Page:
Republican Senate Speaker Ron Ramsey says he doesn’t intend to put any of his own campaign cash behind his push to defeat three Democratic state Supreme Court justices up for yes/no retention votes on the August ballot. “No, none,” Ramsey told reporters Thursday after a State Building Commission meeting at Legislative Plaza. Ramsey has been meeting with business and other groups about tackling Chief Justice Gary Wade and fellow Justices Sharon Lee and Cornelia Clark. His staff also has prepared a campaign outline that seeks to portray them as soft on crime and anti-business.
Gov. Bill Haslam says a campaign against three Supreme Court justices may “muddy the waters” in a separate vote on a state constitutional amendment while Lt. Gov. Ron Ramsey disagrees. “I have not talked to the governor about this but I cannot connect the dots on that one,” Ramsey told reporters Thursday when asked about Haslam’s comments a day earlier. Both men support a proposed amendment to the state constitution that will be on the November ballot. It is intended to validate the current system for selection of Tennessee’s top judges, which calls for the governor to make the initial appointment and voters to decide later whether a given judge gets a new term in a yes-no “retention election.”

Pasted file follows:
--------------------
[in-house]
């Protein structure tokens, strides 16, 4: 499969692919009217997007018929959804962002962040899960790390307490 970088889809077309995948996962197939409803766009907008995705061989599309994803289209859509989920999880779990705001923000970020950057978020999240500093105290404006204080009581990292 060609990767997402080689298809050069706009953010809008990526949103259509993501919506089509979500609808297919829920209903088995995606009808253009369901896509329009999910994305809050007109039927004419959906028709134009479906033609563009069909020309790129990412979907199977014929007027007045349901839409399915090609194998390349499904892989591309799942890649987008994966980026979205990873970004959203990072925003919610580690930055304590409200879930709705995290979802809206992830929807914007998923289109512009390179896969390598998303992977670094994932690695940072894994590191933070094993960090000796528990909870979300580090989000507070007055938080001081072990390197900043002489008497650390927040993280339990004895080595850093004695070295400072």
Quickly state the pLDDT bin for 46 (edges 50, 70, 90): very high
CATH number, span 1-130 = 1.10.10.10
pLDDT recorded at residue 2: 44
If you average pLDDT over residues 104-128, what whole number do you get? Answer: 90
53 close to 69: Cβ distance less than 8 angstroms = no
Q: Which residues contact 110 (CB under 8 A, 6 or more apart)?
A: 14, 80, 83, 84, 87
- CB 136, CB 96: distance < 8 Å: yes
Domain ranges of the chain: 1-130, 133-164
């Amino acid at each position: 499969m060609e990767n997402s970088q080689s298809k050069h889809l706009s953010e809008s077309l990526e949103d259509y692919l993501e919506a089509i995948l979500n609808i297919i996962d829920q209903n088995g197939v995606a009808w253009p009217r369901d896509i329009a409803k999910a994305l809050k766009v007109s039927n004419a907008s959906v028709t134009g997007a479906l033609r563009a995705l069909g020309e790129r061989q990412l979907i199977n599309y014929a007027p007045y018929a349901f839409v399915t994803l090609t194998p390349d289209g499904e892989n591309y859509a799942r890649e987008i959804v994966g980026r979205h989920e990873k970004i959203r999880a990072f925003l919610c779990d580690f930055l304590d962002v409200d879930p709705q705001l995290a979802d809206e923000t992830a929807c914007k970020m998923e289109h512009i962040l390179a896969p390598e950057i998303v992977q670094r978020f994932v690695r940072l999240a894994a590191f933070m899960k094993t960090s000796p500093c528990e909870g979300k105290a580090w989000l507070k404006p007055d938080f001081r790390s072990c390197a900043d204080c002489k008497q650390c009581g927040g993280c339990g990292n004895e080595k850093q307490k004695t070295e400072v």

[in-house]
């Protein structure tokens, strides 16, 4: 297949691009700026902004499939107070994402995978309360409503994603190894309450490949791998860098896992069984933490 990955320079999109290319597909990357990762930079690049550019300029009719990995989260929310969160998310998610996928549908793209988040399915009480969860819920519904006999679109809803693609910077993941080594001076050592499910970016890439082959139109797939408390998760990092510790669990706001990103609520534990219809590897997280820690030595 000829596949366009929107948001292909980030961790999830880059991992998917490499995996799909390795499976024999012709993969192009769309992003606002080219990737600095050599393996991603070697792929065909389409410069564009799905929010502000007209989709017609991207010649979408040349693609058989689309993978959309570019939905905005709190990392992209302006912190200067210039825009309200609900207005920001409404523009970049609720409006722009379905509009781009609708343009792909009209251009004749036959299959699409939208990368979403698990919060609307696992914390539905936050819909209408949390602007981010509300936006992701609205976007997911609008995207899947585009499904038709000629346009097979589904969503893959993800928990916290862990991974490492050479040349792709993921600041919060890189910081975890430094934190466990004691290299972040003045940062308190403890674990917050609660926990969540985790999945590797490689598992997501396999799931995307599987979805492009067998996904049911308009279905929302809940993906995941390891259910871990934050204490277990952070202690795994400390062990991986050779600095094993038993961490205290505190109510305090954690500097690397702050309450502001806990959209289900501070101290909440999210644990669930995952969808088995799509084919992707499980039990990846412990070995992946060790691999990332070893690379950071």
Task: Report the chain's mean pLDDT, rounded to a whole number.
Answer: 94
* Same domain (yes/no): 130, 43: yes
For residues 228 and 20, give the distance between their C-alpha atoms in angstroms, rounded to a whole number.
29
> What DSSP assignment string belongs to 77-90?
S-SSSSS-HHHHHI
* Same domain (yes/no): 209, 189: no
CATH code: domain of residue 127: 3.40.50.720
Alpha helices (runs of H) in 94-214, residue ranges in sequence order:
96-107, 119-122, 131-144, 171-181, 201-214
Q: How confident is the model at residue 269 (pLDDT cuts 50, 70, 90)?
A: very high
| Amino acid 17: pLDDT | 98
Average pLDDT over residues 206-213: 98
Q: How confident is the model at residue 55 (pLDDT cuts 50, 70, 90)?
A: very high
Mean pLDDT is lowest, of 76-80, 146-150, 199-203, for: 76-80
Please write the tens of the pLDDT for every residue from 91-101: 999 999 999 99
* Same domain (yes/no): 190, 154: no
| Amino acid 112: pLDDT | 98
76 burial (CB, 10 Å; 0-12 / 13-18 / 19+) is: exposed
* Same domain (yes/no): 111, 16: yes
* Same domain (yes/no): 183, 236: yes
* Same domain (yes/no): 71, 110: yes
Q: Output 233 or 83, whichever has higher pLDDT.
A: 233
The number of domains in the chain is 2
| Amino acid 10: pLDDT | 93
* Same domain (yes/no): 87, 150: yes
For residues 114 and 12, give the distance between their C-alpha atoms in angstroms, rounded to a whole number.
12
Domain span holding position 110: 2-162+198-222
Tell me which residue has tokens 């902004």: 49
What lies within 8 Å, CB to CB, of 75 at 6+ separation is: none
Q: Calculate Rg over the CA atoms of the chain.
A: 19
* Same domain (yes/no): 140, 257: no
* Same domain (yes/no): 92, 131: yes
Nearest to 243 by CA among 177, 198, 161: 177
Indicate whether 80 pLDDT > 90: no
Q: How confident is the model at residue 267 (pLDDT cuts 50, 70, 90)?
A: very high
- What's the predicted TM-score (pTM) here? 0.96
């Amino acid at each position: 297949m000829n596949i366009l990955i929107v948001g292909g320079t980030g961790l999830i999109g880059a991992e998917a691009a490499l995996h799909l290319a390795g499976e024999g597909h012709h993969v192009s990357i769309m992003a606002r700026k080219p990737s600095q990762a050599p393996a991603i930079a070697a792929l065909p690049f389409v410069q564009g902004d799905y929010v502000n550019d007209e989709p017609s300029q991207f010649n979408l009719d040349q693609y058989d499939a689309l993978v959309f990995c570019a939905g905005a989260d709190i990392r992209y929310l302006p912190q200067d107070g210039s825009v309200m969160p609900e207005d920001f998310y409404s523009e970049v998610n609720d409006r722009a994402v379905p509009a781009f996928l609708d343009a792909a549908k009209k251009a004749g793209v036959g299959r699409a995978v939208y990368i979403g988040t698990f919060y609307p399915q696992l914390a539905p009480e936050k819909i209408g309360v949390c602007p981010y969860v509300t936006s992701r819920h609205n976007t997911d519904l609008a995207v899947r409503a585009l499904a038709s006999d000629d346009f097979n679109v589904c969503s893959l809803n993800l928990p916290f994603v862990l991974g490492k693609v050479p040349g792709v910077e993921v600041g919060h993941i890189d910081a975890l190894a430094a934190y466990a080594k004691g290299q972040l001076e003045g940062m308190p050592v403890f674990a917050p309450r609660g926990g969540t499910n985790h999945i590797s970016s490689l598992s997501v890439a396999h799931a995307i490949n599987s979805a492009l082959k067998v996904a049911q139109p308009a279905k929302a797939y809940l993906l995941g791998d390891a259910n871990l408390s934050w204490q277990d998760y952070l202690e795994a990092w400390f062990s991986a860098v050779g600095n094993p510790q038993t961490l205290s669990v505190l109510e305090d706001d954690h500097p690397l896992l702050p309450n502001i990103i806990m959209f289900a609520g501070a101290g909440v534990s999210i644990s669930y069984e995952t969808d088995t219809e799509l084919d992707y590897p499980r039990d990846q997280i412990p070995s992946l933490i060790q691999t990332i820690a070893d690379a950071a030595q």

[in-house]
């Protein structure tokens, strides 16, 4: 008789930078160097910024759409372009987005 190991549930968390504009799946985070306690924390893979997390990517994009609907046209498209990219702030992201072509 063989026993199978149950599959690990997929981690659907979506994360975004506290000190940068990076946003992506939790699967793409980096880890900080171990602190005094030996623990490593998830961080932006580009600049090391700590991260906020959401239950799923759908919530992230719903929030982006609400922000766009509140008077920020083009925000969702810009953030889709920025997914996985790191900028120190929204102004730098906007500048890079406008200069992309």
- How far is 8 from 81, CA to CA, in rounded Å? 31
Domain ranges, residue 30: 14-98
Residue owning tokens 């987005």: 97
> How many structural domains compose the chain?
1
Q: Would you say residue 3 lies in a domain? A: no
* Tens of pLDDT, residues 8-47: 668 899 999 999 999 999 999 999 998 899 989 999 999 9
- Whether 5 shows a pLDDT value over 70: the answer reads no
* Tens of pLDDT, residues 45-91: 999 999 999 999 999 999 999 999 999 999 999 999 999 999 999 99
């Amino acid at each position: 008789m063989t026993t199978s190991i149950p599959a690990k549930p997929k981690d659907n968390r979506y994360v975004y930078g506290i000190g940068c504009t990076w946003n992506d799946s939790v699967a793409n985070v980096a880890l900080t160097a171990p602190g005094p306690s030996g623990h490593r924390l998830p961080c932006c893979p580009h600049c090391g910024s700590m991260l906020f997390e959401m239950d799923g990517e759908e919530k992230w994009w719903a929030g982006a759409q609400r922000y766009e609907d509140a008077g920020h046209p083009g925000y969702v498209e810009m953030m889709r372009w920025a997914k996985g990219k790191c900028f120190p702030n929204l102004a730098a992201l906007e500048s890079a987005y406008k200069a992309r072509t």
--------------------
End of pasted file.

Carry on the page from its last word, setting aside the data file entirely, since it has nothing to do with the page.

Rep. Jim Cooper had to fight Thursday to put a stake through the heart of a government program he thought was already dead. As the House Armed Services Committee considered its annual bill authorizing national defense programs and policies, Cooper saw that $120 million was being added to a government program that was supposed to be shut down — a mixed-oxide (MOX) fuel fabrication plant in South Carolina. Rep. Joe Wilson, R-S.C., sought the additional $120 million even though President Barack Obama’s budget already included $196 million for closing the facility.